Chris Matthews, from last night’s Hardball. His guest was talk radio host Racheal Maddow.
MADDOW: Well, it’s two sides of the same coin, as far as I can tell. And the real substantive story here is that almost all of the Republican candidates have argued against the separation of church and state, have argued for it to be less, have argued that it’s been overdone, that there ought to be more religion in the public sphere and that candidates’ religion ought not to be just seen as a private matter, which is what Kennedy argued in 1960.
Once you cross that line, one you say that religion ought to be a public matter, yes, you’re going to get ugly attacks on one another’s religions, particularly if you’ve got minority religion candidates in the race. This is what–this is what American politics look like if you get rid of the separation of church and state. I feel like this is a civics lesson for all of us.
MATTHEWS: OK. Matt–I guess we’ve never really had full separation because the Civil Rights movement was led by ministers, wasn’t it.
Wow. Next he’ll be asking, “If humans evolved from apes, why do we still have apes?”
Consider: That’s Chris Matthews. Former Peace Corps volunteer. He worked for Jimmy Carter and Tip O’Neill. A journalist for over twenty years. A man who’s been steeped in politics for most of his adult life. And yet he seems to believe in all seriousness that religious leaders being active in a social movement has anything to do with the separation of church and state. Or at least he is willing to pretend to believe that to pander to his right-wing viewers. Just incredible.
Even more remarkable is the context. Maddow said what you would hope would be the opinion of sane Americans everywhere. That it’s a bad thing when Presidential candidates make religious faith a major issue in a campaign, either as a positive or a negative, and that if you dislike it when people are attacked for their religious beliefs you should also dislike it when those same people deliberately make their faith the issue. And this was the moment Matthews decided to get surly and truculent.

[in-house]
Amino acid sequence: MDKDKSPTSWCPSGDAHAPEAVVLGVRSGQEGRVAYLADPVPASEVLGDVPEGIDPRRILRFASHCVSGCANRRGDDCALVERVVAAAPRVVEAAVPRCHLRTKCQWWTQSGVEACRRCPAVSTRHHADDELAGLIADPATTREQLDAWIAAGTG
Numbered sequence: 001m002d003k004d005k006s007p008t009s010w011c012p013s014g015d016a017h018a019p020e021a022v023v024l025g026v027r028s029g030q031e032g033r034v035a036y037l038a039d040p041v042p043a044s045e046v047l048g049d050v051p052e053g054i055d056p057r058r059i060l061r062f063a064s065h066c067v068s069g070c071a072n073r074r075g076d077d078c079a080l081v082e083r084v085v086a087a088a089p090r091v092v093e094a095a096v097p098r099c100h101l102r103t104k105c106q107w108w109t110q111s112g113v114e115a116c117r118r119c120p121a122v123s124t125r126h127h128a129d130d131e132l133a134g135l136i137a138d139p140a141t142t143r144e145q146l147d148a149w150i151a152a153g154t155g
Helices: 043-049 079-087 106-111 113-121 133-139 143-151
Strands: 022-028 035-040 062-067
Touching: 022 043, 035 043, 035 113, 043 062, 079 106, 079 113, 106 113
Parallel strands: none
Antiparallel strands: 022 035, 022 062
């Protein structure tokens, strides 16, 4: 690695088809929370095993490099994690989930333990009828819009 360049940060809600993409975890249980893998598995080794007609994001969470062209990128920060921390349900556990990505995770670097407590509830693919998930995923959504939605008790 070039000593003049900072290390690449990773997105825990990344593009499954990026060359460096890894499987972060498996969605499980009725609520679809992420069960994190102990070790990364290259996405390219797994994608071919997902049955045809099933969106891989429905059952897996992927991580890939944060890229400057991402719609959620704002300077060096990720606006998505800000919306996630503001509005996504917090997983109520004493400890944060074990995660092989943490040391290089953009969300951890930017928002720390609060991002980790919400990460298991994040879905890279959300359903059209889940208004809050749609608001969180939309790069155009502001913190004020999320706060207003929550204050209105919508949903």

But it was about to get worse. After Matthews and his simpering, empty-headed other guest (Matt Continetti from The Weekly Standard) got through giving Maddow a hard time about “In God we Trust” on the currency, “under God” in the Pledge of Allegiance, and whether we should have a Congressional chaplain, we got this:
MADDOW: If that’s all they were fighting for, then there wouldn’t be controversy about Mitt Romney saying, for example, that he wouldn’t put a Muslim in his cabinet. There wouldn’t be controversy about the Republican candidates calling America a Christian nation. That’s the kinds of issues that are substantively what we’re fighting about. Whether or not “In God we trust”…
MATTHEWS: Who did that? Who did that?
MADDOW: … is on the money is a side issue.
MATTHEWS: Rachel, who said we’re a Christian nation?
MADDOW: Almost every Republican candidate has made that claim at one point or another. I mean, Romney’s argument centrally in his big speech on religion was that “Freedom requires religion,” and that…
MATTHEWS: Did he say we’re a Christian nation? I think you’re wrong.